25 August 2020 In General Health
INTRODUCTION: Lifestyle-related habits have a strong influence on morbidity and mortality worldwide. This study investigates the association between a multidimensional healthy lifestyle score and all-cause mortality risk, including in the score some less-studied lifestyle-related factors. METHODS: Participants (n=20,094) of the Seguimiento Universidad de Navarra cohort were followed up from 1999 to 2018. The analysis was conducted in 2019. A 10-point healthy lifestyle score previously associated with a lower risk of major cardiovascular events was applied, assigning 1 point to each of the following items: never smoking, moderate-to-high physical activity, moderate-to-high Mediterranean diet adherence, healthy BMI, moderate alcohol consumption, avoidance of binge drinking, low TV exposure, short afternoon nap, time spent with friends, and working >/=40 hours per week. RESULTS: During a median follow-up of 10.8 years, 407 deaths were documented. In the multivariable adjusted analysis, the highest category of adherence to the score (7-10 points) showed a 60% lower risk of all-cause mortality than the lowest category (0-3 points) (hazard ratio=0.40, 95% CI=0.27, 0.60, p
25 August 2020 In General Health
We investigated the relation between alcohol drinking and healthy ageing by means of a validated health status metric, using individual data from the Ageing Trajectories of Health: Longitudinal Opportunities and Synergies (ATHLOS) project. For the purposes of this study, the ATHLOS harmonised dataset, which includes information from individuals aged 65+ in 38 countries, was analysed (n = 135,440). Alcohol drinking was reflected by means of three harmonised variables: alcohol drinking frequency, current and past alcohol drinker. A set of 41 self-reported health items and measured tests were used to generate a specific health metric. In the harmonised dataset, the prevalence of current drinking was 47.5% while of past drinking was 26.5%. In the pooled sample, current alcohol drinking was positively associated with better health status among older adults ((b-coef (95% CI): 1.32(0.45 to 2.19)) and past alcohol drinking was inversely related (b-coef (95% CI): -0.83 (-1.51 to -0.16)) with health status. Often alcohol consumption appeared to be beneficial only for females in all super-regions except Africa, both age group categories (65-80 years old and 80+), both age group categories, as well as among all the financial status categories (all p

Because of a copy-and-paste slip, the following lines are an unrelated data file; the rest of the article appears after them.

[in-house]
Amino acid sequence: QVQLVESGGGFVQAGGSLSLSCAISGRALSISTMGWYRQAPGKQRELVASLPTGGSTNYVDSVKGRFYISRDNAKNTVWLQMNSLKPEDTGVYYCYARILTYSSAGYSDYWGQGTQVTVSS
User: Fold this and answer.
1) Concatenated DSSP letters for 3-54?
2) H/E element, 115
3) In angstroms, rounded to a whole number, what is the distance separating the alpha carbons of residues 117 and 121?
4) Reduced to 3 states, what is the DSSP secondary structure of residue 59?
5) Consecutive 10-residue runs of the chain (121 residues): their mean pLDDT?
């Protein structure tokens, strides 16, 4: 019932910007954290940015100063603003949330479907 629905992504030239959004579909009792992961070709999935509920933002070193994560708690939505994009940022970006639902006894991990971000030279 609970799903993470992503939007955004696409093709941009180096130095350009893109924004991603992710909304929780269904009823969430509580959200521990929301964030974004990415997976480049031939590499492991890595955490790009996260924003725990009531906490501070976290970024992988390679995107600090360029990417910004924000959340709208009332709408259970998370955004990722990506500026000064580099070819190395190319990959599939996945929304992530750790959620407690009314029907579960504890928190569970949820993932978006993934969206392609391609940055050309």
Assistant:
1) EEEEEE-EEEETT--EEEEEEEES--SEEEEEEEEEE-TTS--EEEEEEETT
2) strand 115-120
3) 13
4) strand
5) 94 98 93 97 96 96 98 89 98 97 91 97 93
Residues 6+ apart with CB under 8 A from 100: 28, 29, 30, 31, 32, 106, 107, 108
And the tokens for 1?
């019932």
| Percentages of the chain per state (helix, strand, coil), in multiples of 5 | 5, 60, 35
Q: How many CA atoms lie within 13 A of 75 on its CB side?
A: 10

25 August 2020 In General Health